When a person dies, a process known as "estate administration" must be carried out. This refers to all the procedures which must be followed in distributing a person's estate to their heirs or devisees.

If the decedent (the person who died) left a will, the process of estate administration in O'fallon Missouri will usually be carried out according to the instructions in the will.

The decedent usually names in the will an executor of his or her estate. The executor is the person whose job it is to take the lead role in the administration of an estate.

The executor is usually whoever stands to obtain the most money or property if the will is given effect, since that is the person who likely has the most incentive to do their part in seeing that the probate process plays out to completion.

What if The Will Does Not Name an Executor?

If the will in O'fallon, Missouri does not name an executor, or the decedent left no will to be found, the court has to appoint a person to serve as the administrator of the estate.

This is most often the person who stands to gain the most from the will, or who would inherit the most under Missouri's intestacy laws. Intestacy is the system that every state has in order to deal with the property of people who die without a will. It usually distributes the property to the closest living relatives of the decedent, assuming they can be located.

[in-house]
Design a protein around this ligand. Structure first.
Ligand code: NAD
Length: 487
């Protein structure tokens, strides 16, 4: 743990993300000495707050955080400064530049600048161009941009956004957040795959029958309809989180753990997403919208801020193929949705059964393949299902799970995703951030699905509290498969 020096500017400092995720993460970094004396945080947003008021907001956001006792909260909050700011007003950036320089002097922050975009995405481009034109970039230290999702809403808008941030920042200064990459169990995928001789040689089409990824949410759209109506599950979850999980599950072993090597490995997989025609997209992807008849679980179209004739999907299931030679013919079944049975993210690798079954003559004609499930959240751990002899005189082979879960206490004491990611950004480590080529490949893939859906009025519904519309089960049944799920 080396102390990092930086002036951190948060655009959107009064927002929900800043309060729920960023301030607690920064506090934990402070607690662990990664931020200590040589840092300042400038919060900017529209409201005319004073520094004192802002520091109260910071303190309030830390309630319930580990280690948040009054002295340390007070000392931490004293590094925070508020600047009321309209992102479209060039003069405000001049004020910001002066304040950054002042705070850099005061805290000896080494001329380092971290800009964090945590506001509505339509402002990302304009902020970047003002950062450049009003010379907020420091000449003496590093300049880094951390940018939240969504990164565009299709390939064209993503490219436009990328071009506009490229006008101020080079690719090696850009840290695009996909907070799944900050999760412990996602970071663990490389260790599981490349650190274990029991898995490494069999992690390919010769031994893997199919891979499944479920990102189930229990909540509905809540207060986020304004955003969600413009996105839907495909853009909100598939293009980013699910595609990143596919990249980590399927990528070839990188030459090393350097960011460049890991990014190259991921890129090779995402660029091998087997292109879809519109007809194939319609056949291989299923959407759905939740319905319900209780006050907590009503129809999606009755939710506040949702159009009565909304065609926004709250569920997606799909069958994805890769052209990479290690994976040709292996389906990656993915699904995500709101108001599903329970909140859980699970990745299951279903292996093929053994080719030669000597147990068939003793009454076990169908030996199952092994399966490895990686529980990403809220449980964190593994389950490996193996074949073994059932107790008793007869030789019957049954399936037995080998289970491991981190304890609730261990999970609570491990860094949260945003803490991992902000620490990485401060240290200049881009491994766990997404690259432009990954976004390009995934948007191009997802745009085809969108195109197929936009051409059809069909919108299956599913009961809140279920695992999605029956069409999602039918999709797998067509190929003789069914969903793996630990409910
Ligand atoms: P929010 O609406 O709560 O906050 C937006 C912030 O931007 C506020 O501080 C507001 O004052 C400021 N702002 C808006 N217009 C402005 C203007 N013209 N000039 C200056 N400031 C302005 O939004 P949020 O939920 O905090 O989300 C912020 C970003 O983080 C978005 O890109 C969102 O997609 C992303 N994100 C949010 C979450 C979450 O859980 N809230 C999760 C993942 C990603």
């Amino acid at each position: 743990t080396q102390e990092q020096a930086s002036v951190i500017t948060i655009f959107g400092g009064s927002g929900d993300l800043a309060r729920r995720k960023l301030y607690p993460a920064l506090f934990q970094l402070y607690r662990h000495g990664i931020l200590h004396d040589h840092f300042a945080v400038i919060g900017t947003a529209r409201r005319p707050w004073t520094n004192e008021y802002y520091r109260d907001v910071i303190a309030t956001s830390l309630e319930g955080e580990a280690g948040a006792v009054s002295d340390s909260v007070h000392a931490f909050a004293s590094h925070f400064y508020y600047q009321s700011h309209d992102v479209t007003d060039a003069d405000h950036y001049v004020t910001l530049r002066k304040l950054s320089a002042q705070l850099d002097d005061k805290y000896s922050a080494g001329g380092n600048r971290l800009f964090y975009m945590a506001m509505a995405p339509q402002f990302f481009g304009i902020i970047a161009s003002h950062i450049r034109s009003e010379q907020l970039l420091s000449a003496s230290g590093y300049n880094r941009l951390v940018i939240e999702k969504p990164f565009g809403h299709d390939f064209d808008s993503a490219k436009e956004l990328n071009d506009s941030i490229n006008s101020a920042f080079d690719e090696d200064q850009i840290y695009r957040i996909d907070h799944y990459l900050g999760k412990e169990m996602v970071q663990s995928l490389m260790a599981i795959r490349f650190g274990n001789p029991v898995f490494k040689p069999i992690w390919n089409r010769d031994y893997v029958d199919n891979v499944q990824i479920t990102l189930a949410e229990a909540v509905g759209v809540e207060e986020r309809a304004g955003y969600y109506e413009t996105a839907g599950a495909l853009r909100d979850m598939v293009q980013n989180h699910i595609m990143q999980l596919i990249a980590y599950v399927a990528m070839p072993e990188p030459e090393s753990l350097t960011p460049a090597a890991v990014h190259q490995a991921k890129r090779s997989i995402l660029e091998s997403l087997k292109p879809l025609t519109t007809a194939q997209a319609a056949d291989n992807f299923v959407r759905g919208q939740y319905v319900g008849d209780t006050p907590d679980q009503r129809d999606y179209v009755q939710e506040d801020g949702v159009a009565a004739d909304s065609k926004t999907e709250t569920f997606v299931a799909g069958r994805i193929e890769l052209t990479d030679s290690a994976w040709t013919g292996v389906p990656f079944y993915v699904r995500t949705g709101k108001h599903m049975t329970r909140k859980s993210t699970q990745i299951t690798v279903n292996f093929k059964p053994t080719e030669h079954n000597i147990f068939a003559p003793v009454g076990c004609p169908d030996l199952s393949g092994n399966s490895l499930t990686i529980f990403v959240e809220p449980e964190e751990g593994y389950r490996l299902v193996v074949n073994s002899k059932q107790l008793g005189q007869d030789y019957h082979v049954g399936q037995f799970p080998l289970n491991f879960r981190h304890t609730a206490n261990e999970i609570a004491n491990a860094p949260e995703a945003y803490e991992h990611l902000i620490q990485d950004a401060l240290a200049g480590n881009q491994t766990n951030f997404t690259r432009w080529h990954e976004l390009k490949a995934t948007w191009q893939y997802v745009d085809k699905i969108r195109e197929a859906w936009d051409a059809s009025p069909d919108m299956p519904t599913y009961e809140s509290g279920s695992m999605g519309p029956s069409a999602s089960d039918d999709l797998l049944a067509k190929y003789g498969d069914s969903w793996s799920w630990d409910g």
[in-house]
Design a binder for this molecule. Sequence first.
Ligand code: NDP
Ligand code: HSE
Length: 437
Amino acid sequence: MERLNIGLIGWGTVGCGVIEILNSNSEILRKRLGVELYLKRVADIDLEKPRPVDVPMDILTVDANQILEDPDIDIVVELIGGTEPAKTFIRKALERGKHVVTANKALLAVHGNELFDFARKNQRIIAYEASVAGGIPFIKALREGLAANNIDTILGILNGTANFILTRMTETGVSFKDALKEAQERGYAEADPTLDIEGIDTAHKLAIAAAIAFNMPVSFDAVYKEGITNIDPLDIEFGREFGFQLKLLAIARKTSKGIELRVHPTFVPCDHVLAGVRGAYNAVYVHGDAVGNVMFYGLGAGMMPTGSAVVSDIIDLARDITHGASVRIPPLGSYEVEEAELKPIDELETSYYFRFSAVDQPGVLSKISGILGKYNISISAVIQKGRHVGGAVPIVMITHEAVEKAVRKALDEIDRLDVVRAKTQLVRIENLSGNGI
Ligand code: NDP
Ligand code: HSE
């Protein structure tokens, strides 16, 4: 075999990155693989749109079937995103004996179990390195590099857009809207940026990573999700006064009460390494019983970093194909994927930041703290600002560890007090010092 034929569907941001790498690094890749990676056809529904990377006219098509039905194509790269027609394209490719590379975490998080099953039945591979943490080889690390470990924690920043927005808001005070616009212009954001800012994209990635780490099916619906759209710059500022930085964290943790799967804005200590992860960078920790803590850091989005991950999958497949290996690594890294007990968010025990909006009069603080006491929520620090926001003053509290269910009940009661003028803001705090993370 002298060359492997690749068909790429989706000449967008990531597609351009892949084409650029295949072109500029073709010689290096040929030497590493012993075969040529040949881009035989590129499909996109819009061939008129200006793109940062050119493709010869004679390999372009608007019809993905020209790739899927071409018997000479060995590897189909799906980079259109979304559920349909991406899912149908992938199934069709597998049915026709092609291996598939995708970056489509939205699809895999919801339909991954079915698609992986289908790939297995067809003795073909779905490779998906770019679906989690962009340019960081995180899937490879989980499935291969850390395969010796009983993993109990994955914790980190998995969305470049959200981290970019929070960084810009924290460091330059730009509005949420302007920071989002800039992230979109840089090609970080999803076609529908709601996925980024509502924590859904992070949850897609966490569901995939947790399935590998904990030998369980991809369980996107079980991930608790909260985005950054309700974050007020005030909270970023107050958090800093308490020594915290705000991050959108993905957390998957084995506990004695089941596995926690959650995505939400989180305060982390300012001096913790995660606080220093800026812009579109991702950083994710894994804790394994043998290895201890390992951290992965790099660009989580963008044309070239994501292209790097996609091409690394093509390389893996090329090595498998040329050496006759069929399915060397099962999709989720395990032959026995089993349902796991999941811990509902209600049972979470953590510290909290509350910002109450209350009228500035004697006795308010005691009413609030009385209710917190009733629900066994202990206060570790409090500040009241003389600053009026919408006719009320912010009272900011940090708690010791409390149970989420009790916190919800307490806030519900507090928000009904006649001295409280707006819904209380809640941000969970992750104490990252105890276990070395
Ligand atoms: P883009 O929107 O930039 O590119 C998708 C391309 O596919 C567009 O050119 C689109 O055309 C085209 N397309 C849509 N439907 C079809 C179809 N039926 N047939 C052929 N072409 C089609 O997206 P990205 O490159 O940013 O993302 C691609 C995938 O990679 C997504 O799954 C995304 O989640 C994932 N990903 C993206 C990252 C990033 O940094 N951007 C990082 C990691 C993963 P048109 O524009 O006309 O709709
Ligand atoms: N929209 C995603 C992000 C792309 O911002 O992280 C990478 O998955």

In cases where the will doesn't name an executor, or the person named is unable to take on that role for whatever reason, any person who has some direct stake in the decedent's estate (either because they're named in the will or stand to inherit by intestacy) can petition a O'fallon, Missouri court to be appointed executor.

Whoever ends up as the executor, it is their responsibility to serve as the personal representative of the estate. They will be responsible for taking account of all of the decedent's assets and debts, as well as notifying beneficiaries who may be estranged from the decedent, among other things.

Can a O

Some people are surprised when they find out they've been named the executor of a relative's estate. The responsibilities can seem daunting, but with the help of a good O'fallon, Missouri attorney, the process almost always goes pretty smoothly.